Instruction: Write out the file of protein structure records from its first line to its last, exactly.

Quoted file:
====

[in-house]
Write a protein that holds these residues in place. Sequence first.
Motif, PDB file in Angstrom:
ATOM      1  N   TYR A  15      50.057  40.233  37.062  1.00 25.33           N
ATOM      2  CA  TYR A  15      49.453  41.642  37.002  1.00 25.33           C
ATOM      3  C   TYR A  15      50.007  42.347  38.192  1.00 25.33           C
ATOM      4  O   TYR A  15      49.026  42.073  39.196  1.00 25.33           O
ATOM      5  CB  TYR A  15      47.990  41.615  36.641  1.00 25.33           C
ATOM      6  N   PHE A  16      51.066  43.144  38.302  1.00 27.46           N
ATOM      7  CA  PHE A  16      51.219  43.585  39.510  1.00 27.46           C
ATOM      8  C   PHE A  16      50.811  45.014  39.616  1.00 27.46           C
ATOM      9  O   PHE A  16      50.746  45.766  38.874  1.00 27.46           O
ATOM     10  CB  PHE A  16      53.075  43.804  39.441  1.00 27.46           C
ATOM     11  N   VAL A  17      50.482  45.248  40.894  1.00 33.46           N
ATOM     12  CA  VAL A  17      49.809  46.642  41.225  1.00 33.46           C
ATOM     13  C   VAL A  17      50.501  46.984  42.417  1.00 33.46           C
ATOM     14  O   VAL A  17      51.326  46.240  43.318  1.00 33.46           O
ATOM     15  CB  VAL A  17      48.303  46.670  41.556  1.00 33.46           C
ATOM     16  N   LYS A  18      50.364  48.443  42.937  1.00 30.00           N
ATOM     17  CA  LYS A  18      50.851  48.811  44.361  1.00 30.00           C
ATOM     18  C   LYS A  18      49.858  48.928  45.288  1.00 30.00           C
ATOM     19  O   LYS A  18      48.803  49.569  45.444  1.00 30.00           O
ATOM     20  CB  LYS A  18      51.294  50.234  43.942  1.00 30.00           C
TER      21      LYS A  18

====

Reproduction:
[in-house]
Write a protein that holds these residues in place. Sequence first.
Motif, PDB file in Angstrom:
ATOM      1  N   TYR A  15      50.057  40.233  37.062  1.00 25.33           N
ATOM      2  CA  TYR A  15      49.453  41.642  37.002  1.00 25.33           C
ATOM      3  C   TYR A  15      50.007  42.347  38.192  1.00 25.33           C
ATOM      4  O   TYR A  15      49.026  42.073  39.196  1.00 25.33           O
ATOM      5  CB  TYR A  15      47.990  41.615  36.641  1.00 25.33           C
ATOM      6  N   PHE A  16      51.066  43.144  38.302  1.00 27.46           N
ATOM      7  CA  PHE A  16      51.219  43.585  39.510  1.00 27.46           C
ATOM      8  C   PHE A  16      50.811  45.014  39.616  1.00 27.46           C
ATOM      9  O   PHE A  16      50.746  45.766  38.874  1.00 27.46           O
ATOM     10  CB  PHE A  16      53.075  43.804  39.441  1.00 27.46           C
ATOM     11  N   VAL A  17      50.482  45.248  40.894  1.00 33.46           N
ATOM     12  CA  VAL A  17      49.809  46.642  41.225  1.00 33.46           C
ATOM     13  C   VAL A  17      50.501  46.984  42.417  1.00 33.46           C
ATOM     14  O   VAL A  17      51.326  46.240  43.318  1.00 33.46           O
ATOM     15  CB  VAL A  17      48.303  46.670  41.556  1.00 33.46           C
ATOM     16  N   LYS A  18      50.364  48.443  42.937  1.00 30.00           N
ATOM     17  CA  LYS A  18      50.851  48.811  44.361  1.00 30.00           C
ATOM     18  C   LYS A  18      49.858  48.928  45.288  1.00 30.00           C
ATOM     19  O   LYS A  18      48.803  49.569  45.444  1.00 30.00           O
ATOM     20  CB  LYS A  18      51.294  50.234  43.942  1.00 30.00           C
TER      21      LYS A  18